Family

Donita Rose: Motherhood is one tough balancing act

Growing up in a relatively small family, I have always wanted to have more kids. I want my house to be filled with the sound of laughter and stories from my little ones. But taking it from my mother who has raised me and my three siblings, she said, “It’s easy to be a child of four, but it’s not easy to be a mom of four.” Cliché as it may sound, but no child will understand it until she becomes a parent herself.

As a mom to my only son, JP, I’ve struggled with the transition of being a bachelorette to being a mother. Fourteen years later, I’ve come to realize that the secret to parenting is finding the balance: be it with their health, school and maturity.

It’s all about proper nutrition

Finding that balance starts with their good health. I’d like to think I’m not obsessed with being clean in avoiding viruses that might infect him. I’m not one of those germ freak moms who follows their kids with sanitizers. In fact, I’m okay with JP getting dirty outside, because it’s how he’s active with his lifestyle.

Nutrition is something that I try to watch out for more. We’ve been trying to get rid of junk food, artificial juices, sodas and sweets, but I allow him to have at least 2 bags of chips for the week. I teach him to try alternatives like fruit juices and smoothie bowls – and he’s kind of into them! It helps a lot because we also do slow juicing daily to get rid of body toxins. Juicing raw ingredients is our main source of micronutrients that have a lot of benefits– cancer-fighting, anti-biotic, and anti-fungal.

We consult with a homeopathic doctor who supports us in getting immunity from alternatives, but there are things that I don’t compromise on like vaccines. Growing up in the United States where vaccines are mandatory, I see its importance in reducing health risks in the family. My son has always been updated with his vaccines even until now. One thing I’m really happy with about JP’s health is the fact that he hasn’t been admitted in the hospital for any severe medical treatment yet.

Funny how I say a lot about my son’s vaccination, when I myself is vulnerable to diseases when I forgot to get mine. I usually get my flu shots, but then I never got around it this year. Just this March, I caught the flu! I missed a few days of work because of it and that’s when I realized it’s really hard to get sick nowadays.

I try to know everything there is about health and incorporate a lot in our lifestyle. Lucky for us, we are in this age where information is just around the corner, and I can easily look for pieces of advice online.

It helps also to have nutritionists in my circle who would help me with my family’s health. Aside from the tips I get from them, I sometimes just look at how they live, and it gives me ideas on how to improve our way of living. After all, they say it takes a village to raise a child.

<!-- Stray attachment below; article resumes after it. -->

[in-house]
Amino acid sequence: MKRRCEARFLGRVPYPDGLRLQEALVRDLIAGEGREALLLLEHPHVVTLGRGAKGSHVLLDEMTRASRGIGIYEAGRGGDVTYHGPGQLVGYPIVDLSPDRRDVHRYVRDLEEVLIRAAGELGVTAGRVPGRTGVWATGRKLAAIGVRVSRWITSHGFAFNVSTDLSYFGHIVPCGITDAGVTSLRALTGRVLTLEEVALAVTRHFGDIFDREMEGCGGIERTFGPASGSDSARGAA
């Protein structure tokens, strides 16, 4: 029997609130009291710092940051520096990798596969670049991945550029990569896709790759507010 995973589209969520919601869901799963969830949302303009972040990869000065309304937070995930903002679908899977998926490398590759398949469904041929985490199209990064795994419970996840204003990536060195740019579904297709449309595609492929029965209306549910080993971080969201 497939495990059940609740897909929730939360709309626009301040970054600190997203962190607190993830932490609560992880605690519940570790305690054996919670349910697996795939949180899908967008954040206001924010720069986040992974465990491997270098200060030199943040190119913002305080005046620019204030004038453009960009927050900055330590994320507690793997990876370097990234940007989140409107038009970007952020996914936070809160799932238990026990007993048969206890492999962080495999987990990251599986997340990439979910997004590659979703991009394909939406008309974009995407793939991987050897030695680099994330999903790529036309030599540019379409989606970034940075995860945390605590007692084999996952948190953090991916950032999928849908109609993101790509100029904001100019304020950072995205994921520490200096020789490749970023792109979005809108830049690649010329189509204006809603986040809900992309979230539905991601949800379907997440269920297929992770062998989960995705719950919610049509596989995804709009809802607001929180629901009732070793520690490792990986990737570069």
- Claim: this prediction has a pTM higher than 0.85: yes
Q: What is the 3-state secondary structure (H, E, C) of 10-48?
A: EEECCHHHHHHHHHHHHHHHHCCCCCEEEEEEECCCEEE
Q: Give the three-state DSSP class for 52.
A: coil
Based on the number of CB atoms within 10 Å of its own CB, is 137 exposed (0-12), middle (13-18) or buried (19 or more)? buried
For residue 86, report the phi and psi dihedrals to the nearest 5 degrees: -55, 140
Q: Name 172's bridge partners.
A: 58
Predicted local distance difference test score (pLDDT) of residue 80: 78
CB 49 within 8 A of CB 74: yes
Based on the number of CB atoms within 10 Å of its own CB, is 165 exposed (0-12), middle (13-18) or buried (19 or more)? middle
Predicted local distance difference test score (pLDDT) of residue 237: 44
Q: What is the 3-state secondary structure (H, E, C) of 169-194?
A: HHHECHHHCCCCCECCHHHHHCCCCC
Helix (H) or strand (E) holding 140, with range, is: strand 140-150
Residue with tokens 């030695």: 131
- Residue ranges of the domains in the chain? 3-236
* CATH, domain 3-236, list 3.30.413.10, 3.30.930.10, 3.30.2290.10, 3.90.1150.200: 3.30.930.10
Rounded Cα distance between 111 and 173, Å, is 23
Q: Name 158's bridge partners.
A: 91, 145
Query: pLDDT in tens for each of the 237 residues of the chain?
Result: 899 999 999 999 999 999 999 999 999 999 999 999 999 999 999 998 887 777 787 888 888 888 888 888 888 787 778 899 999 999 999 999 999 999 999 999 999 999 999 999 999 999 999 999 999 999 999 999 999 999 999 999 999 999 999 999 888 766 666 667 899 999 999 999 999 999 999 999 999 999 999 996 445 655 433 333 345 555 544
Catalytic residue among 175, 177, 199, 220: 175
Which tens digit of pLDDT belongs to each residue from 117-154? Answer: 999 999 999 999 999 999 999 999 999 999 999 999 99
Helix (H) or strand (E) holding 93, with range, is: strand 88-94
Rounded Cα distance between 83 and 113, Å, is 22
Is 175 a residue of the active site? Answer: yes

Education and open-communication

My son’s health is just one of the many things I juggle, and the act continues in school. I’m proud that he’s a straight-A student who performs well in class, but that doesn’t mean that I don’t push him to study hard. When I feel like he’s not exerting enough effort on his studies, I encourage him to do better. But when I know he’s really frustrated over a subject he’s not good at, I become his support system, cheering him all the way and telling him he’s doing a great job.

The thing is, communication lines should always be open. You want your kids to talk to you even about things they don’t normally discuss with their parents– be it grades or the things he struggles with outside of school. JP and I have a strong relationship like we’re best friends. There’s no one he’d rather talk to, even more than his best friends, but me. I’m his go-to and I’d like to maintain that.

Parenting is not an exact science

My parenting style is balancing my negotiables and non-negotiables. I try to make JP understand that as much as I am a friend who can adjust to what he wants, I’m still his mother who knows what’s best for him. There are times when he could really be difficult because he would insist on what he wants. Usually, a parent’s instinct is to scold the child and point out his mistakes, but sometimes it’s not the right time for that. Sometimes, all you have to do and all they really want from you is to listen.

Again, finding the balance is key. There is no exact science in parenting because it’s different for every child. I thank God for blessing me with an obedient, thoughtful and loving son, who’s making parenting easy for me. In every aspect of my journey as a mom, I weigh in the things I want for my son and the things I let him do for himself. While it is not always an easy task, it will all be worth it once they become the best versions of themselves.

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